They are reliant on DUP support to get Brexit through the House of Commons, and the DUP won't agree to any proposal which makes changes to the constitutional status of Northern Ireland. The EU have made keeping an open Irish border a political priority, and have concluded that in practical terms this requires regulatory alignment between the Republic of Ireland and Northern Ireland as well as for Northern Ireland to be in a customs union of some description with the EU. Various UK proposals to use technology rather the legal mechanisms to guarantee an open border have been rejected by the European Commission, primarily because the technology in question is unproven and years away from practical application. The EU is a highly risk adverse organisation – it is not about to trust its border security to cutting edge technology. The stumbling block is the EU's other demand for regulatory alignment, as this requires some form of inspection regime in Irish seaports for goods coming from Great Britain to ensure they meet EU trading standards. This the root of the DUP's objection to the backstop, which can only be solved by staying in the single market. However, the DUP also oppose that solution for ideological reasons. They are after all a right-wing populist party.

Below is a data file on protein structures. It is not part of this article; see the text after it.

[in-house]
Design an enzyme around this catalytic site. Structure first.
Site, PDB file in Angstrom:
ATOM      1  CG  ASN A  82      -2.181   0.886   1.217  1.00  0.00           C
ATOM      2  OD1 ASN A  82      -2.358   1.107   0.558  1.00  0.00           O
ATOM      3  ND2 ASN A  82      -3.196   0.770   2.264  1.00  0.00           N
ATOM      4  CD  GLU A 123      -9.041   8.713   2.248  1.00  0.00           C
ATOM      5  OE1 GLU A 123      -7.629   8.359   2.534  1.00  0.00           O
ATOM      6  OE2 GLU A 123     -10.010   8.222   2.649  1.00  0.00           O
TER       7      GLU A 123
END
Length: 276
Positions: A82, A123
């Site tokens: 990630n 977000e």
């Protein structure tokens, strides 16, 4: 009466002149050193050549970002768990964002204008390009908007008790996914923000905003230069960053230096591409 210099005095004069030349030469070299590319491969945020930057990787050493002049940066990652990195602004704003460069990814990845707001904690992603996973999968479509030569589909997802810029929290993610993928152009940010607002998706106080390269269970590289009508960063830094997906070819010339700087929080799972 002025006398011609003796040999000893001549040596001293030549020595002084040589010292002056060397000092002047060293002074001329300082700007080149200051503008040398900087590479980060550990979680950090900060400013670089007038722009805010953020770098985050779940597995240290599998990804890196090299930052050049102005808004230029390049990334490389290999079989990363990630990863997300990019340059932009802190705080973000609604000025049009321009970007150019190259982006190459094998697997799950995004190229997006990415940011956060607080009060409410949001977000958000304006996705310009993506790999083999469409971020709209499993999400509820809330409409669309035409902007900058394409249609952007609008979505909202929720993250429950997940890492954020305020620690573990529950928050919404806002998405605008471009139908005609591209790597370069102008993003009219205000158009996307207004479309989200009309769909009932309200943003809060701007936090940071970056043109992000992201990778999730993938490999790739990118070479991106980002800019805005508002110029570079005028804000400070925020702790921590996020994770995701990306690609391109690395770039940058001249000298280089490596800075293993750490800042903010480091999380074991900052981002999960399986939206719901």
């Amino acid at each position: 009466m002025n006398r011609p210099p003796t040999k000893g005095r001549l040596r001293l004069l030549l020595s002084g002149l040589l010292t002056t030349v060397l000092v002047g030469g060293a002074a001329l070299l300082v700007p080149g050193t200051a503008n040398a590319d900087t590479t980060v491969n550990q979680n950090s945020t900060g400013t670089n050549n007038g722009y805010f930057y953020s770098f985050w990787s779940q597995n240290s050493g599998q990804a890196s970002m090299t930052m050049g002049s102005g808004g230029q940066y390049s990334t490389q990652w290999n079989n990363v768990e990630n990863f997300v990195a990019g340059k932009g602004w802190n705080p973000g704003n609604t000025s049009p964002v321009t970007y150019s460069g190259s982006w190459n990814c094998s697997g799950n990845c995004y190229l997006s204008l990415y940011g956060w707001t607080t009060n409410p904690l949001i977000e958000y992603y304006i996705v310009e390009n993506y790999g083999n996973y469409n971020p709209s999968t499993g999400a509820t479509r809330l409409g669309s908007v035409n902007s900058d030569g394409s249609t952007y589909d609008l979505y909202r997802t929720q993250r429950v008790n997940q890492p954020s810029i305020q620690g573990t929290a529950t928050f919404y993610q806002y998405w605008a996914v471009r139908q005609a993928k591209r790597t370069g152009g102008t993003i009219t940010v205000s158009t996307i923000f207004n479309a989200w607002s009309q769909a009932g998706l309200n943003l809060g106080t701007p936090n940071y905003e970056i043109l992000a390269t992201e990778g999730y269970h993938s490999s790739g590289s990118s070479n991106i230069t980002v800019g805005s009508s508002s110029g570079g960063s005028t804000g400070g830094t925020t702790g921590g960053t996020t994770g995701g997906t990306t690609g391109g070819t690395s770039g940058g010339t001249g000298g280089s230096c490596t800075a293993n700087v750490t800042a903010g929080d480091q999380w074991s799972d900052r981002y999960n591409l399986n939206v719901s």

A Gamble Too Far?

The obvious solution to the current deadlock is for the Conservatives to win a majority at a new General Election. Then the Conservatives would be able to ignore the DUP and pass whatever withdrawal agreement they negotiate regardless of what other parties think of it. This is how British politics traditionally works. As Jeremy Hunt best explained this week, there is a very serious roadblock preventing the government from taking this approach. Namely that they would likely lose any general election because the Brexit Party has said they would take part in it. Next week's Peterborough by-election should give some idea of the likely outcome of a possible pre-Brexit General Election. Some hardliners might be tempted to form an alliance with the Brexit Party at a general election, but this would be extremely risky. A detailed analysis of the European Election results shows that 25% of Conservative voters are Remainers, who backed the Liberal Democrats last Thursday. A No Deal Conservative Party would still lose an election because they would not be able to count on their votes.